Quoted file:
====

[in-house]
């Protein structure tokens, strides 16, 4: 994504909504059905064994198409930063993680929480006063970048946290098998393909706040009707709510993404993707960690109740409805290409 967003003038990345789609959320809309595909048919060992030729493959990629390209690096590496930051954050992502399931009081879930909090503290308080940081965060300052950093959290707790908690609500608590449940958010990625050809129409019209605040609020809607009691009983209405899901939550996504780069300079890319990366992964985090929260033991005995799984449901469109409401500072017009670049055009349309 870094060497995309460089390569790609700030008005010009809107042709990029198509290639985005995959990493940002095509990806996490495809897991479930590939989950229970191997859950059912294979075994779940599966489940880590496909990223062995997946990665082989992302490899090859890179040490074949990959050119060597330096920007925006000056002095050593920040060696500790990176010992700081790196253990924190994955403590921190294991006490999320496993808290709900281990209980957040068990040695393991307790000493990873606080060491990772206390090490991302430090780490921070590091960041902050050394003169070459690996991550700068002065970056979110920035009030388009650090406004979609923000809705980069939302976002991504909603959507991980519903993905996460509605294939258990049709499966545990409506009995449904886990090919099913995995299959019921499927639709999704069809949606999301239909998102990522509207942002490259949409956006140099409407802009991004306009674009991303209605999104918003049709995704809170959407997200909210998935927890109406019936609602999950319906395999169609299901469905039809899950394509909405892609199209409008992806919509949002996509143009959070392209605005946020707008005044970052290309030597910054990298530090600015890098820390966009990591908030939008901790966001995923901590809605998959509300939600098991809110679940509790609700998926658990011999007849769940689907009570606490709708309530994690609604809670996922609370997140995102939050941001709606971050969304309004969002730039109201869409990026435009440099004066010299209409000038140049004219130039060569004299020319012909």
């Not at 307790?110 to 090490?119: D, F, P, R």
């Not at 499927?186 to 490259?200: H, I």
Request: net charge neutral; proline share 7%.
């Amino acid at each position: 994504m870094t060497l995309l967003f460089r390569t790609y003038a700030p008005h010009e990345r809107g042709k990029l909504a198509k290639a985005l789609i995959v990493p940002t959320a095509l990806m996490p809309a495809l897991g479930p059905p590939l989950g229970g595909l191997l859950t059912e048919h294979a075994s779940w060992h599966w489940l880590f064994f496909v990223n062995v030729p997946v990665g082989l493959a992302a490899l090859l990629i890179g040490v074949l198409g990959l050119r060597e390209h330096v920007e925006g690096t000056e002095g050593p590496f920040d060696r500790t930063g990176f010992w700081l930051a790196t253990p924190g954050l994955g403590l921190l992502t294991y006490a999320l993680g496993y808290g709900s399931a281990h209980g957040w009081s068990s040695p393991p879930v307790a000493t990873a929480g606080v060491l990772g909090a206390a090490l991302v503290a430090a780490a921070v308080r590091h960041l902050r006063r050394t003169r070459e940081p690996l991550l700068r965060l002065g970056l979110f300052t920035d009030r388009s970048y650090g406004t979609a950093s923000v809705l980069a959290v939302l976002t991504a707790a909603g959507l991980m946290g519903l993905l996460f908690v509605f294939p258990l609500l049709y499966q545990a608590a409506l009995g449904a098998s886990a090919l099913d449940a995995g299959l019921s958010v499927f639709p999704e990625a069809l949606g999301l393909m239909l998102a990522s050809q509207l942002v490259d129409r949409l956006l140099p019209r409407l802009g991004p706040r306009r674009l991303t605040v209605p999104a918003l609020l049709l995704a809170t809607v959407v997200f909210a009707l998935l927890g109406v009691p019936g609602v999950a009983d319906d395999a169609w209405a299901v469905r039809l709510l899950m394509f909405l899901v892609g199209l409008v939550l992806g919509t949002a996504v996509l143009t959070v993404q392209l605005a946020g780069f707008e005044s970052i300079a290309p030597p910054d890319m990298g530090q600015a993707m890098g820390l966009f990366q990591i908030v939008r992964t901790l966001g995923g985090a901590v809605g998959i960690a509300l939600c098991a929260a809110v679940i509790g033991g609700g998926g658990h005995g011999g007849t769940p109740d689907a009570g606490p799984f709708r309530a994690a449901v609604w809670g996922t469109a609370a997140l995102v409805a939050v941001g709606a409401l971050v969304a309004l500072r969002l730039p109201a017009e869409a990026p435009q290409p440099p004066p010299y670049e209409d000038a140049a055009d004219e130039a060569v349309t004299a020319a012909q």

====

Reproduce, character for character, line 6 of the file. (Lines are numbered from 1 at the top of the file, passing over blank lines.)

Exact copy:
């Amino acid at each position: 994504m870094t060497l995309l967003f460089r390569t790609y003038a700030p008005h010009e990345r809107g042709k990029l909504a198509k290639a985005l789609i995959v990493p940002t959320a095509l990806m996490p809309a495809l897991g479930p059905p590939l989950g229970g595909l191997l859950t059912e048919h294979a075994s779940w060992h599966w489940l880590f064994f496909v990223n062995v030729p997946v990665g082989l493959a992302a490899l090859l990629i890179g040490v074949l198409g990959l050119r060597e390209h330096v920007e925006g690096t000056e002095g050593p590496f920040d060696r500790t930063g990176f010992w700081l930051a790196t253990p924190g954050l994955g403590l921190l992502t294991y006490a999320l993680g496993y808290g709900s399931a281990h209980g957040w009081s068990s040695p393991p879930v307790a000493t990873a929480g606080v060491l990772g909090a206390a090490l991302v503290a430090a780490a921070v308080r590091h960041l902050r006063r050394t003169r070459e940081p690996l991550l700068r965060l002065g970056l979110f300052t920035d009030r388009s970048y650090g406004t979609a950093s923000v809705l980069a959290v939302l976002t991504a707790a909603g959507l991980m946290g519903l993905l996460f908690v509605f294939p258990l609500l049709y499966q545990a608590a409506l009995g449904a098998s886990a090919l099913d449940a995995g299959l019921s958010v499927f639709p999704e990625a069809l949606g999301l393909m239909l998102a990522s050809q509207l942002v490259d129409r949409l956006l140099p019209r409407l802009g991004p706040r306009r674009l991303t605040v209605p999104a918003l609020l049709l995704a809170t809607v959407v997200f909210a009707l998935l927890g109406v009691p019936g609602v999950a009983d319906d395999a169609w209405a299901v469905r039809l709510l899950m394509f909405l899901v892609g199209l409008v939550l992806g919509t949002a996504v996509l143009t959070v993404q392209l605005a946020g780069f707008e005044s970052i300079a290309p030597p910054d890319m990298g530090q600015a993707m890098g820390l966009f990366q990591i908030v939008r992964t901790l966001g995923g985090a901590v809605g998959i960690a509300l939600c098991a929260a809110v679940i509790g033991g609700g998926g658990h005995g011999g007849t769940p109740d689907a009570g606490p799984f709708r309530a994690a449901v609604w809670g996922t469109a609370a997140l995102v409805a939050v941001g709606a409401l971050v969304a309004l500072r969002l730039p109201a017009e869409a990026p435009q290409p440099p004066p010299y670049e209409d000038a140049a055009d004219e130039a060569v349309t004299a020319a012909q």